Author : Varun Sehrawat
When Shinji Kagawa arrived at Old Trafford after playing a major role in Borussia Dortmund outwitting Bayern Munich for the Bundesliga title 16 months ago, he was deemed to fit in perfectly in the Manchester United side and scale even further heights.
And why not? His quick footed nimble movements, tactical and technical ability to create space, exemplary first touch and the ability to link up play with his colleagues offered an exciting array of talent for the manager at his disposal. It was a dream move for the Japanese international.
Fast forward 16 months – the dream is turning into a nightmare. Even after winning a Premier League title in his debut campaign in England, where he struggled for playing time due to injuries and at other times was largely played out of position, the move from Signal-Iduna Park hasn’t turned out so well for Shinji Kagawa
It seemed things could hardly get much worse for Kagawa in his second season at Old Trafford, but the 24-year old has hardly been preferred by the new United boss, David Moyes, who has restricted the Japanese to only a handful of starts this season, and that too in his unfavored left-wing position where he has let himself down.
You don’t need to possess an eagle eye to witness that Kagawa is most effective playing in a number 10 role behind the main striker, where he likes to get into the pockets between the lines which disrupts the opposition’s defense and draws defenders out of their positions. This was quite evident when he was with Dortmund playing behind Robert Lewandowski, accurately linking up the play from midfield to attack, scoring and assisting goals for fun.
So what has gone wrong over the last year and a half with the skillful Japanese at Manchester United? The answer is quite simple – the different nature of the English league as well as the players around him at Old Trafford.
English football is overtly physical. Here the midfielders playing an attacking role are rarely just the central midfielders and are rather more commonly wingers known for their pace and athleticism. To play in center midfield or a striker in England, one has to be tall, quick and/or physically strong. Kagawa fulfills none of the above.
At 5’8″ and 70 kg, the Japanese is slight in stature. And unlike other diminutive successful attackers in the English league like Luis Suarez and Sergio Aguero, he lacks the sudden burst of pace and great upper-body strength to make up for his modest physical attributes.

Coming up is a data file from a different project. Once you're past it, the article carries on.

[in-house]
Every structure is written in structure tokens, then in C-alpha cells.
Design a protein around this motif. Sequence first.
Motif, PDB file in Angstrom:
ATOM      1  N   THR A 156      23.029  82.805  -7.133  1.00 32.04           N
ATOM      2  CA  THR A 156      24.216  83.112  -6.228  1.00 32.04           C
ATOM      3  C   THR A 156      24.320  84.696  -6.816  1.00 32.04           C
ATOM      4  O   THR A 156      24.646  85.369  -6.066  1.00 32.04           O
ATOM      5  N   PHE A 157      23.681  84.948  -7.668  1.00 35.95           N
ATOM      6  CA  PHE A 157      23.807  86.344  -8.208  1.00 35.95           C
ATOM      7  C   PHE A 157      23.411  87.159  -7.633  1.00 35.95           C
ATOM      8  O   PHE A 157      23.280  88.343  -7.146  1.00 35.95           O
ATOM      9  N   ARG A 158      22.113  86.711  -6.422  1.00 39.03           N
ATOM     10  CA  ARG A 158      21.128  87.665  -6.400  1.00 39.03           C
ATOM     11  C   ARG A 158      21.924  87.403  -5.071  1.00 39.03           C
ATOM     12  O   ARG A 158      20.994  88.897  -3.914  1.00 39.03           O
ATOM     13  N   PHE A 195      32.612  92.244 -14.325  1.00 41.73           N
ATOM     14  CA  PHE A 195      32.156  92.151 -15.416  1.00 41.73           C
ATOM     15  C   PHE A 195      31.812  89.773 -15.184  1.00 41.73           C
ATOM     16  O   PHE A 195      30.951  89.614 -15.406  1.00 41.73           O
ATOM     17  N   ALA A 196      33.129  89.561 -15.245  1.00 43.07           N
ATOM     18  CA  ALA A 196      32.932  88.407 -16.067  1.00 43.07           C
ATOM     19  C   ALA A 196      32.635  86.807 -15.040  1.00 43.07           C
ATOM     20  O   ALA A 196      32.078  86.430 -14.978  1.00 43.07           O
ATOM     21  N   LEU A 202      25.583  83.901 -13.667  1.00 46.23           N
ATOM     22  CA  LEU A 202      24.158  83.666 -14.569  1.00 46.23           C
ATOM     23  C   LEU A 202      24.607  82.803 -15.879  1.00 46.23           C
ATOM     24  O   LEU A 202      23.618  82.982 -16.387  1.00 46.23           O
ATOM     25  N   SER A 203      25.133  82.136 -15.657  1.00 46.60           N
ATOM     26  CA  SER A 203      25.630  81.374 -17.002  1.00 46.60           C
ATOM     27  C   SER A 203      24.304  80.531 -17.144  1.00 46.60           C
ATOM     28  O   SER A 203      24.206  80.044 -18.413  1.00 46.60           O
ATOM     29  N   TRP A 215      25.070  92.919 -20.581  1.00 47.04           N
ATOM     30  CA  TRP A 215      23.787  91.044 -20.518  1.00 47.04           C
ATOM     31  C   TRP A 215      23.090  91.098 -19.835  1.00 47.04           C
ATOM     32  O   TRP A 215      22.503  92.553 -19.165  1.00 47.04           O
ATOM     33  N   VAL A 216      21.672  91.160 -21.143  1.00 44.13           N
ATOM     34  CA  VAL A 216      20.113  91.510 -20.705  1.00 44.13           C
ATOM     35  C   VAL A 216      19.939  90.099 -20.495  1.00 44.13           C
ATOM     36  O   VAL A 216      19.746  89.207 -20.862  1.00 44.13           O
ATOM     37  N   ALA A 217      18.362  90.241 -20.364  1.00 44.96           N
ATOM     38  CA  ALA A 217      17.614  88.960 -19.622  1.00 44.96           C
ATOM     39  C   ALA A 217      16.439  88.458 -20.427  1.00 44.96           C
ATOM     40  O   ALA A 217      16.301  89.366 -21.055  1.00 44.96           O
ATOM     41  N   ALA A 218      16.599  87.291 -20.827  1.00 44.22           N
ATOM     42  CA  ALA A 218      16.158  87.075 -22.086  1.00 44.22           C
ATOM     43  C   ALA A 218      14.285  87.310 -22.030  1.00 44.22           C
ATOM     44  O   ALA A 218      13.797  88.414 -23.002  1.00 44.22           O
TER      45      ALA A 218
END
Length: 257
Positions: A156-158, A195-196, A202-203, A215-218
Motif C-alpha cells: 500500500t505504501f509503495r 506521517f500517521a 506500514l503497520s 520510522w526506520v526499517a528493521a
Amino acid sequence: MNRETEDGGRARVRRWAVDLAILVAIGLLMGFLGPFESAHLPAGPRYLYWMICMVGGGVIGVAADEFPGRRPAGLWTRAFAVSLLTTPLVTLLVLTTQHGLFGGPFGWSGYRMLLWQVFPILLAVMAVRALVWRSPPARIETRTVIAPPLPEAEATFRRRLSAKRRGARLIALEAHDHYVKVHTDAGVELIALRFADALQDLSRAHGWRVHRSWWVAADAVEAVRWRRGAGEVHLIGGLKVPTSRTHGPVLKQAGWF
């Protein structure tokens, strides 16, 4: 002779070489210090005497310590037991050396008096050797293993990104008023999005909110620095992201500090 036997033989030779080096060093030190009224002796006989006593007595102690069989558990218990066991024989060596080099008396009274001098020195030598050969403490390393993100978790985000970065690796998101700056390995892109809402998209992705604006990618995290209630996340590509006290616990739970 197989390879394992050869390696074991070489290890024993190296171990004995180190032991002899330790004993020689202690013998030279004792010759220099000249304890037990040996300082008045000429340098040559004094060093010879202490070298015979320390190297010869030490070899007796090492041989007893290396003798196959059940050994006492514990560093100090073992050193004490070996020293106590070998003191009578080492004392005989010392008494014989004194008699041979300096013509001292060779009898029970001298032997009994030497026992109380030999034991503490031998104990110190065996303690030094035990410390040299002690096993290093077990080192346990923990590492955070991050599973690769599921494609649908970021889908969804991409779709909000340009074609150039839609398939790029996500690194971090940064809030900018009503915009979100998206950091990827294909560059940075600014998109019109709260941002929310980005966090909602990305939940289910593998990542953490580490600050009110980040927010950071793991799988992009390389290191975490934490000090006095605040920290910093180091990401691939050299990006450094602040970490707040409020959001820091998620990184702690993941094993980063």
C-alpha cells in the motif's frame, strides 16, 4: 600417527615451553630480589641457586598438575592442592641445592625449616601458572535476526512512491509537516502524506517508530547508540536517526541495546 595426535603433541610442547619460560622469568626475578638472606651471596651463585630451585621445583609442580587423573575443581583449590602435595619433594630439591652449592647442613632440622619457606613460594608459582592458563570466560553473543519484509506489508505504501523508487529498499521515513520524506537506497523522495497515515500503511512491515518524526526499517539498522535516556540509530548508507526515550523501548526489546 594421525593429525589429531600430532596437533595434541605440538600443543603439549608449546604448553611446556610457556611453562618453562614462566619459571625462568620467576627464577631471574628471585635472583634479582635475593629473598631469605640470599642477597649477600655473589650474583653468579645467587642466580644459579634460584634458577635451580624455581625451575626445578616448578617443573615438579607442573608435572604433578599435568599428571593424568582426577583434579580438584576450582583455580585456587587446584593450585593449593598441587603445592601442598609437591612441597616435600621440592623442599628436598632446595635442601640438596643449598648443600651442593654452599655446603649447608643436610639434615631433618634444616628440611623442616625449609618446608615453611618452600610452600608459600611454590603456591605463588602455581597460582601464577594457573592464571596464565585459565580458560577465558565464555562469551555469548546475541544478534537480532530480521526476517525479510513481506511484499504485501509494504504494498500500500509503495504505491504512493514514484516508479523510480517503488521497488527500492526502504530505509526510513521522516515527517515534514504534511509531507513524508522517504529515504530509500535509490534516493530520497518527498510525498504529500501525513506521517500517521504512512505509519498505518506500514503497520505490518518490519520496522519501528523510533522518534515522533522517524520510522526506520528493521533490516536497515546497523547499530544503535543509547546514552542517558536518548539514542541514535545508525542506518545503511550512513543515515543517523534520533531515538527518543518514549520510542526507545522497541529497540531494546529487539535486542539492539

In the German league, Kagawa’s physical qualities were not a problem. There he could use his technical ability to create space for himself. Moreover at Dortmund, he received sublime service from deep lying midfielders like Nuri Sahin and Ilkay Gundogan where he didn’t have to drop deep to pick up the ball. Also he played quick return passes with Mario Goetze and fed off the headers and back heels from Lewandowski.
His style of play was largely complemented by the sophisticated passing style of the German team, who used to develop their attack in the most subtle ways, from quick turns to dummies to one-two passes. The Japanese used to play mostly in one or two touch at Dortmund.
Manchester United’s style of play, however, is completely different. The reds develop their attack from wide positions where the quick wingers and full backs race up and down the flanks. When the ball is in the center, it’s the pacy strikers like Wayne Rooney or Van Persie who either directly run at defenders on a counter attack, or someone like Rooney plays a long diagonal towards the wings and then race forward to feed off the services from those wings.
When used in a number 10 role at United, Kagawa has Carrick and Fellaini in the midfield, who unlike Gundogan or Sahin, doesn’t play the ball from the deep. As a result, the Japanese has to drop back to receive the ball which effectively puts him out of his position. While playing in the left wing, he again misses someone like Goetze to play those intricate one-twos to keep his game going.
Therefore, Wayne Rooney is much more well suited to play a number 10 role at United as he is well adept in dropping deep to pick up the ball from midfield and then link up the play with the attackers and the wingers.
Kagawa may have had more of a chance to shine this season at United had David Moyes been successful in luring Fabregas or Alacantara to add much more class from deep lying areas in the midfield. Add to that the renaissance of Wayne Rooney in his preferred number 10 role.
The only way Shinji Kagawa can therefore exhibit his best qualities at Manchester United is if David Moyes plays him behind Wayne Rooney and Robin van Persie in a 4-3-1-2 formation – which in itself is highly improbable for a team that has always emphasized on width, be it in a 4-4-2, 4-2-3-1 or 4-3-3 formation.
Shinji Kagawa, thus , needs to re-consider his future at Manchester United where he isn’t getting enough opportunities to show his best qualities as a player. Moreover, David Moyes’ reluctance to give him a regular start in the team further shows he is far away from being in the manager’s plans. This being a World Cup year puts even further impetus for international players on their playing times. Therefore, come January, we may well see Kagawa and United part ways for the mutual benefit of the both.